Sonoma County

Park Ravaged by Kincade Fire Being Restored With Fire-Resilient Measures

A firefighter tends to a structure lost during the Kincade fire off Highway 128, east of Healdsburg, California on October 29, 2019.
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A popular Sonoma County regional park ravaged during the 2019 Kincade Fire is being rebuilt with the goal of deterring fire.

The Sonoma County Regional Parks Foundation received a $500,000 Kaiser Permanente grant to renovate Foothill Regional Park, officials announced last week.

The fund will allow the parks agency to redesign the 211-acre park with "climate-adaptive" features to make it more resilient to future wildfires and offer greater protection to surrounding neighborhoods, county officials said.

"Many parks haven't been designed with fire in mind. Since we are all facing the same existential climate threat, we hope Foothill will become a model for the Western United States," said Sonoma County Regional Parks Director Bert Whitaker.

In October 2019, the park was on the front lines to contain the Kincade wildfire and crews snaked miles of hoses through the park's woodlands and bulldozed fire breaks in its open spaces.

The efforts kept the fire from burning through adjacent neighborhoods and the town, but 95 percent of the park was burned or damaged. Four miles of trails, eight trail bridges and a 40-foot bridge that provides access to the park's back country were destroyed.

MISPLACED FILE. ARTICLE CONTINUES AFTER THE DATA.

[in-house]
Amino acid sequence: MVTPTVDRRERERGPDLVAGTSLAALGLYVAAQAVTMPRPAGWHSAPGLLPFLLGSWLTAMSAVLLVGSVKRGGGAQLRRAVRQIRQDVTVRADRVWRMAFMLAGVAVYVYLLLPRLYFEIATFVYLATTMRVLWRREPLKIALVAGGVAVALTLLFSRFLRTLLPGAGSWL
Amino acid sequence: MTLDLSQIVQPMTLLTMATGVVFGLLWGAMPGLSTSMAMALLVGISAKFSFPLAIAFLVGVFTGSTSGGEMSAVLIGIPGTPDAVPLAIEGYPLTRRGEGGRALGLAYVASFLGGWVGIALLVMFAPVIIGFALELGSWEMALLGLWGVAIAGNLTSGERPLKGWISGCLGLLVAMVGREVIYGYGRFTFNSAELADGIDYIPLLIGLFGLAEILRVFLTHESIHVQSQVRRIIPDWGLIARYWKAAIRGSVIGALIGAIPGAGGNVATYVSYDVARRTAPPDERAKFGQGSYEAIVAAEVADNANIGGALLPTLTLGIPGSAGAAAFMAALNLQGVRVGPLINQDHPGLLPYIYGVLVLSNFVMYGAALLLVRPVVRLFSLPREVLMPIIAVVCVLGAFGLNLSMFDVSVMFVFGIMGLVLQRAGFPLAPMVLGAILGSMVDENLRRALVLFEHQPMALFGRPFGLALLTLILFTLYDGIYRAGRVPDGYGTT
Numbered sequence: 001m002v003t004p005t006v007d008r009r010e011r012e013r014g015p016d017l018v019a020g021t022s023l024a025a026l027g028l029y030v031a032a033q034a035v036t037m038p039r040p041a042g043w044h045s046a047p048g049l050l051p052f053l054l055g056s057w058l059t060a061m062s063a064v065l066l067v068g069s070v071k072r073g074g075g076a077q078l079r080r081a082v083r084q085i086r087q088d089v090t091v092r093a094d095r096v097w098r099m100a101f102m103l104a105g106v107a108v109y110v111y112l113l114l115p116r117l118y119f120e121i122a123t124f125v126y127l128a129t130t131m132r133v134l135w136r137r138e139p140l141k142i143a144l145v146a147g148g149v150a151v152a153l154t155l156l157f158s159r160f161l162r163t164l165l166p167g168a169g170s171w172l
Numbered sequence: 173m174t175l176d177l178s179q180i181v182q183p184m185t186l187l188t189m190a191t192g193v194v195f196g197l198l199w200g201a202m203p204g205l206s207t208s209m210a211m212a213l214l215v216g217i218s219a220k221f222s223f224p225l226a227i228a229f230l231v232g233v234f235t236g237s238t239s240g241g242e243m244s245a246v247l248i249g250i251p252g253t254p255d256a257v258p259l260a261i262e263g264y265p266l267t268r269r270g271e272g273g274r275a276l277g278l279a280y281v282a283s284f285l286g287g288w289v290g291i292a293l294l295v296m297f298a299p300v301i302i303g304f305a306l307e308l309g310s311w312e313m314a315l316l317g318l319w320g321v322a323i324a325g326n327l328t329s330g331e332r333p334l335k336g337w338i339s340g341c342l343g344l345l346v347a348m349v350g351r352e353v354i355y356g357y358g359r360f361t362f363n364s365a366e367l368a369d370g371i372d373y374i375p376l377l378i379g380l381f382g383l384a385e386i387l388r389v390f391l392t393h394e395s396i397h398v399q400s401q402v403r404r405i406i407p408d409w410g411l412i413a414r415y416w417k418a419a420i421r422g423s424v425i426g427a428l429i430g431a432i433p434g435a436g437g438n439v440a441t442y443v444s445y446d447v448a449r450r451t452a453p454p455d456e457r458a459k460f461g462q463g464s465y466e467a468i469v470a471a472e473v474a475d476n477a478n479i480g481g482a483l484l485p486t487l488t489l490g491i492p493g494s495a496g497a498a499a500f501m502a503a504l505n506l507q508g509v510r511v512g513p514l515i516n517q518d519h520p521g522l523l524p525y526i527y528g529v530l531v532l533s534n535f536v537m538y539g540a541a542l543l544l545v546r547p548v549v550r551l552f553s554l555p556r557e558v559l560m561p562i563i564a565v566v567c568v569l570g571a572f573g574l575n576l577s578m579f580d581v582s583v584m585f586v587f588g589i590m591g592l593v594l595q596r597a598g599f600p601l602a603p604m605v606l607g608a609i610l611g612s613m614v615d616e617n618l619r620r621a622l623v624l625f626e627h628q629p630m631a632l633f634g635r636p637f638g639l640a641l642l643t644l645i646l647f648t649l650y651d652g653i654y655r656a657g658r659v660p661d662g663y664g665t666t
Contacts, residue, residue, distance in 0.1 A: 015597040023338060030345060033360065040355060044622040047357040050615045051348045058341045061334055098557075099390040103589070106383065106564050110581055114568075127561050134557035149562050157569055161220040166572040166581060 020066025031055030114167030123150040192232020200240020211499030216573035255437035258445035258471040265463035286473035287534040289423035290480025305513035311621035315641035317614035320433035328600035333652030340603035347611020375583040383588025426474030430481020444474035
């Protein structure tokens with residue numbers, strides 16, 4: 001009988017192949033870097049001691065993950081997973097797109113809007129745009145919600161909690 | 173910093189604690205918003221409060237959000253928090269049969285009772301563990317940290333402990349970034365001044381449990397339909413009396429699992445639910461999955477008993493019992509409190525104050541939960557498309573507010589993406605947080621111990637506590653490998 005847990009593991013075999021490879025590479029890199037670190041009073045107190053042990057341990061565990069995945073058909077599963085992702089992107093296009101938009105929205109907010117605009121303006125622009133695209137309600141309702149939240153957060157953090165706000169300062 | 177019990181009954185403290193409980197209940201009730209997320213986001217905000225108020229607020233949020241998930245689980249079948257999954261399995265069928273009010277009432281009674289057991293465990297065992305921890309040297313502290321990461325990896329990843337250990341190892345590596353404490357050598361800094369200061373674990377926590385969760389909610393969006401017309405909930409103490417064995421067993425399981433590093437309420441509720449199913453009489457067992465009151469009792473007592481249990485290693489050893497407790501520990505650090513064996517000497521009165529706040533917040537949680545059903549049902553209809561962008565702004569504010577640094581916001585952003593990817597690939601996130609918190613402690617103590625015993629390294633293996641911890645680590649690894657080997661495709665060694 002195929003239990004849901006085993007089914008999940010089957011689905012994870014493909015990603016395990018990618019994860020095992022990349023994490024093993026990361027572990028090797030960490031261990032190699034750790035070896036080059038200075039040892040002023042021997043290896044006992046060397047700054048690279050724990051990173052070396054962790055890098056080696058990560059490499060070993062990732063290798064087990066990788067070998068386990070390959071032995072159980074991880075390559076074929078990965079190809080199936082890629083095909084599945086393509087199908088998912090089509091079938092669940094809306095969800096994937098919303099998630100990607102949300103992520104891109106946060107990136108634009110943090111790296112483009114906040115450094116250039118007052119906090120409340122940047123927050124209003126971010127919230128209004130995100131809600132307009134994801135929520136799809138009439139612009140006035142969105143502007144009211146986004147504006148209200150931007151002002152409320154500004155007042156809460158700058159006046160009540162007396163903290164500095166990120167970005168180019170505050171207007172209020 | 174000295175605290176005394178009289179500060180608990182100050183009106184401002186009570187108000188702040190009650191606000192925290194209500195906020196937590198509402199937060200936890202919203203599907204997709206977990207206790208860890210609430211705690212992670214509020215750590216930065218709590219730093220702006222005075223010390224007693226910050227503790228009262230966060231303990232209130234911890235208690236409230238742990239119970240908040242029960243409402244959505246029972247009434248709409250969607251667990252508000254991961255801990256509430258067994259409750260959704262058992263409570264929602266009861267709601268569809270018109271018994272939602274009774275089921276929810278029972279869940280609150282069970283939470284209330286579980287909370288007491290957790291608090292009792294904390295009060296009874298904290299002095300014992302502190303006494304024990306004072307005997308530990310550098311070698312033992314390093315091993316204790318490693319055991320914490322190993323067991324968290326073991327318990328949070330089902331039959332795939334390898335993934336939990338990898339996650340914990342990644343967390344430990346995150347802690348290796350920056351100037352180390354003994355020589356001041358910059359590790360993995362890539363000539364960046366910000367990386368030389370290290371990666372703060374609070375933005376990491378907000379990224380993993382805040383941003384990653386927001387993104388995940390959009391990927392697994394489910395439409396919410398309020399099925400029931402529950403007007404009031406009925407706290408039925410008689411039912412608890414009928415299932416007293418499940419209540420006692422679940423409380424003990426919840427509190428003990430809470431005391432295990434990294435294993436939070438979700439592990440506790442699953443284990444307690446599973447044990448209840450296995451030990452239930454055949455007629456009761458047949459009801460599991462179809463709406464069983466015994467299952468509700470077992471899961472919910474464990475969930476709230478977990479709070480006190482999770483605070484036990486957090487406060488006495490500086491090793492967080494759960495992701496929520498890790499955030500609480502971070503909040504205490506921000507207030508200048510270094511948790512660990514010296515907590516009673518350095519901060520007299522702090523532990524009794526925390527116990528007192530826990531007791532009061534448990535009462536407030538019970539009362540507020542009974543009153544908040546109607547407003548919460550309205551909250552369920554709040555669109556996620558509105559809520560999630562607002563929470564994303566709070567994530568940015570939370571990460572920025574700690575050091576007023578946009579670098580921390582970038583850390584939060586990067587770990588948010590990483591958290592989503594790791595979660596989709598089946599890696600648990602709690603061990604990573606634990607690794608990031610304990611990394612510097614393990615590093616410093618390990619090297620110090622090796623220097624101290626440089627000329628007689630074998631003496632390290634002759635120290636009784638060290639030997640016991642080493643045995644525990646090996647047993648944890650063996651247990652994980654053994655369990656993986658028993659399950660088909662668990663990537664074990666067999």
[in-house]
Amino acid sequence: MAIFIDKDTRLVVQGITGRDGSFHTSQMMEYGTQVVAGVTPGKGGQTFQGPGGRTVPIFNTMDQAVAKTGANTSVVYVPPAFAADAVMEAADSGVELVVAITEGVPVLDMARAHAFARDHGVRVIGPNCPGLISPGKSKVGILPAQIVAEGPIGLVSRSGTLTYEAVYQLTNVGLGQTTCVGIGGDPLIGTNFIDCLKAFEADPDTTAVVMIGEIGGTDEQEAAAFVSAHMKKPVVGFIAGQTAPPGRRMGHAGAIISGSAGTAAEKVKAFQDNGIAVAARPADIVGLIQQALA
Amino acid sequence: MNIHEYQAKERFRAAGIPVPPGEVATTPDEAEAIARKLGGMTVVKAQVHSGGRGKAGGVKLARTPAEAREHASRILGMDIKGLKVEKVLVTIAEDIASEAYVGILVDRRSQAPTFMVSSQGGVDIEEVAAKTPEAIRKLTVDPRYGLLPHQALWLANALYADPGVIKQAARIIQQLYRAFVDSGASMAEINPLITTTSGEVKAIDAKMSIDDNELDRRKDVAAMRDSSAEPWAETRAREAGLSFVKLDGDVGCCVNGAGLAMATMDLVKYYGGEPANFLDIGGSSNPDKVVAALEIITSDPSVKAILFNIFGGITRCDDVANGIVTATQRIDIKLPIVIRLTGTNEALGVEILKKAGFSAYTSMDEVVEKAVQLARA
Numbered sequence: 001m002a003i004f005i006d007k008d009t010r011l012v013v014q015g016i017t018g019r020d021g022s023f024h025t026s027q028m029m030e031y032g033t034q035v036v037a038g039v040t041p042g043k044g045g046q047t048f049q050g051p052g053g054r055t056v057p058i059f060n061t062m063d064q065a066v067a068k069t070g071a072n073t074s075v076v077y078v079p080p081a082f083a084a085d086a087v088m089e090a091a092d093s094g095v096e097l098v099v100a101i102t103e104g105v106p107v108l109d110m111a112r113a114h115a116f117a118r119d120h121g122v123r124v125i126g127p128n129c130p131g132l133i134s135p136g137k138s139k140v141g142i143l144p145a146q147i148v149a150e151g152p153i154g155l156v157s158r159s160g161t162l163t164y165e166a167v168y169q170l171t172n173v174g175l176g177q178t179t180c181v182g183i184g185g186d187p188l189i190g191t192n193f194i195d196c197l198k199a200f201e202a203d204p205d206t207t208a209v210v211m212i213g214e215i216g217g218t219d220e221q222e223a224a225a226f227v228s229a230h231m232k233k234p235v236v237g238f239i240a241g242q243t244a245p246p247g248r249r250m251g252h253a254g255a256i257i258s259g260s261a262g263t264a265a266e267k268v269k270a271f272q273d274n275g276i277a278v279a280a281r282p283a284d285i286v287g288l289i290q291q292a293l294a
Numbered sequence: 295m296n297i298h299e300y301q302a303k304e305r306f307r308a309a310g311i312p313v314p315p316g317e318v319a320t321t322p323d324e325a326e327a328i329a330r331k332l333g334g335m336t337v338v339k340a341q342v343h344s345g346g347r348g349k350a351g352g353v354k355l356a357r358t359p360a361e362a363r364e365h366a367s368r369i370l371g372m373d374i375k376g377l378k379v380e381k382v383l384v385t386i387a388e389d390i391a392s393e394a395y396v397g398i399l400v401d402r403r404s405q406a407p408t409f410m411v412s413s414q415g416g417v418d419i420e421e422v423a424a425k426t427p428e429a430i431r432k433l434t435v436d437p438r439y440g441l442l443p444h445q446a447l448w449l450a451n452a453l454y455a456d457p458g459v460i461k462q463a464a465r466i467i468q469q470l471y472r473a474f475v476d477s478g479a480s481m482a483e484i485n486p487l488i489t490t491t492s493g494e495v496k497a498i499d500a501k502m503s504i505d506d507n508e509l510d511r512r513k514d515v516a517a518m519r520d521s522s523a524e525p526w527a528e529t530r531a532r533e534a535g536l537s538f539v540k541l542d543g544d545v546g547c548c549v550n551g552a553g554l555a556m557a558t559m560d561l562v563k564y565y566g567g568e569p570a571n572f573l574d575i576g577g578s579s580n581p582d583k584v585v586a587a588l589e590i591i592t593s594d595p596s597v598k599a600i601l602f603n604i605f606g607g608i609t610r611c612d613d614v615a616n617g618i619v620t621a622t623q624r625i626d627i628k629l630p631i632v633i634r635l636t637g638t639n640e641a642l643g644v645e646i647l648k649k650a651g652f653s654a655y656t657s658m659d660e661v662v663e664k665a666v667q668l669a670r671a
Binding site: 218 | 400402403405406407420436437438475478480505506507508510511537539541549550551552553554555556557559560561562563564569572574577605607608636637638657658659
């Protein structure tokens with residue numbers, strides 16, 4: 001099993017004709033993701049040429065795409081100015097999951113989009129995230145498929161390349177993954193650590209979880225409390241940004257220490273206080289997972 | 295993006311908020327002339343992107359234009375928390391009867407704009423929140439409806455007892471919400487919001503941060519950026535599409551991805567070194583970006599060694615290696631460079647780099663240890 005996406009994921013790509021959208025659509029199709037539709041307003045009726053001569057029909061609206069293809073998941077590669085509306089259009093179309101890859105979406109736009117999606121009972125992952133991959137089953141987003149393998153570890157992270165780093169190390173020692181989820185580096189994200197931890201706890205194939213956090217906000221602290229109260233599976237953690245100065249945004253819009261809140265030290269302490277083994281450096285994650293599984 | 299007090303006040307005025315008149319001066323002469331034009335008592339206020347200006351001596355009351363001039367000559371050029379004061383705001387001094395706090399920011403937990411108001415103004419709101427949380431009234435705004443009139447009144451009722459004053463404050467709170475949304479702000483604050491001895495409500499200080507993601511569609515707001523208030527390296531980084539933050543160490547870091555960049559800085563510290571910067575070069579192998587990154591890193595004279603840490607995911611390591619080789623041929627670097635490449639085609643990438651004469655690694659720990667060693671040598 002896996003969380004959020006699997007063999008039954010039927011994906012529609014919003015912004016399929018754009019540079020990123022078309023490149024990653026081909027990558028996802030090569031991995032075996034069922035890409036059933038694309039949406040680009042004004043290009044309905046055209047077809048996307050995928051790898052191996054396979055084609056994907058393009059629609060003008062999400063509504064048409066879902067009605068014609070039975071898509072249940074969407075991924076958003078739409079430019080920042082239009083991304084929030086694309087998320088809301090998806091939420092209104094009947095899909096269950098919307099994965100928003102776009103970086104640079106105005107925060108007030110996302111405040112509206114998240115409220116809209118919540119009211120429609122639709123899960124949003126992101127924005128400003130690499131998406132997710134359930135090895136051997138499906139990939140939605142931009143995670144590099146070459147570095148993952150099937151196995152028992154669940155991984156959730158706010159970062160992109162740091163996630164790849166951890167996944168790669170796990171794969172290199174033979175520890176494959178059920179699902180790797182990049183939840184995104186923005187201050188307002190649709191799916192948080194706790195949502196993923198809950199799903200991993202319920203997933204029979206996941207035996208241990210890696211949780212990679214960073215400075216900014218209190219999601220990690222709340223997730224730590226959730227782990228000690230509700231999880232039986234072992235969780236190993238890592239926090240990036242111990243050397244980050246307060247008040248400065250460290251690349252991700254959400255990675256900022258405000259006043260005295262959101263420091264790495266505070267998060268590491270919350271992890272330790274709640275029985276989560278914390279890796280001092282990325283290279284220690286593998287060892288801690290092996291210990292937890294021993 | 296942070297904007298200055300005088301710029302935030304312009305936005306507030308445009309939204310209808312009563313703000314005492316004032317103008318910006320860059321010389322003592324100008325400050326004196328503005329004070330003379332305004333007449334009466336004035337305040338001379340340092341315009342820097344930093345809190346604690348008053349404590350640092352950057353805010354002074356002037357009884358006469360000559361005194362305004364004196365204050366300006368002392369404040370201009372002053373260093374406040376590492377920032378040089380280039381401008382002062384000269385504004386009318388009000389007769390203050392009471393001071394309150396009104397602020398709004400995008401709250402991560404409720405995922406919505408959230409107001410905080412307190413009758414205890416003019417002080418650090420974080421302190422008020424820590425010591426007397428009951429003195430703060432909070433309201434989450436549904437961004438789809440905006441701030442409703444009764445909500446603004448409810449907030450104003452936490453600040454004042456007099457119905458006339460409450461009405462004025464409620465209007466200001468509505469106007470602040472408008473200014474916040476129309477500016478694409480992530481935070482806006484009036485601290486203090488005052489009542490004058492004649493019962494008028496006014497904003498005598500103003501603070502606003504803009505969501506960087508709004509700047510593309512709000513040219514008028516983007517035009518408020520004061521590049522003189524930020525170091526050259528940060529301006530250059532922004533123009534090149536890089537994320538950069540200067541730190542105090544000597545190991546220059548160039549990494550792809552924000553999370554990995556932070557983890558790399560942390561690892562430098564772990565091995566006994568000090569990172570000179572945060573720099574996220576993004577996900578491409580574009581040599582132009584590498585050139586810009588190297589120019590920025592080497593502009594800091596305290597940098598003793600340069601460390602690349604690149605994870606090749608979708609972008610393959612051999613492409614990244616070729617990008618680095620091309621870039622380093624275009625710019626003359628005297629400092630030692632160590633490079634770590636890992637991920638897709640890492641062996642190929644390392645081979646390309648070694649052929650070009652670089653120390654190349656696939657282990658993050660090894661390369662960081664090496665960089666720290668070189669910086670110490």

The new design with include more resilient construction materials and techniques, including replacing wooden retaining walls and footbridges with fire-proof materials like metal or stone, or replacing plastic culverts with metal ones.

The redesign also includes features that support firefighting, like buried water lines to enable fire crews to access water from the park's three ponds and redesigning some trails with cleared borders to accommodate fire truck or bulldozer access without damaging sensitive ecological and historical resources.

The grant will also support added community amenities in the park, including outdoor classrooms and gathering areas, an artistic entryway created by local students, and trail enhancements constructed by youth crews mentored by parks staff.

The ongoing work at the park is expected to last through October 2022.

More than 100,000 people visit Foothill Regional Park annually, a number on the rise during the COVID-19 pandemic, county officials said.

Supported by the grant, Sonoma County Regional Parks will employ local young adults in fire resilience projects, including trail construction and vegetation management, through its Career Pathways Youth Crew program.

Local students, mentored by artists, will be tapped to create the centerpiece of the park's redesigned entrance, celebrating the park's revival and community's healing.

Additionally, two new outdoor "classrooms" will create gathering spaces for future school field trips or community meetings and become venues for increasing wildfire awareness and environmental education.

The grant from Kaiser Permanente will be matched with $50,000 in individual donations to the Sonoma County Regional Parks Foundation for fire recovery, a $15,000 donation from the Rotary Club of Coronado and facilitated by the Rotary Club of Windsor, and revenue from the Measure M parks sales tax approved by Sonoma County voters in 2018.

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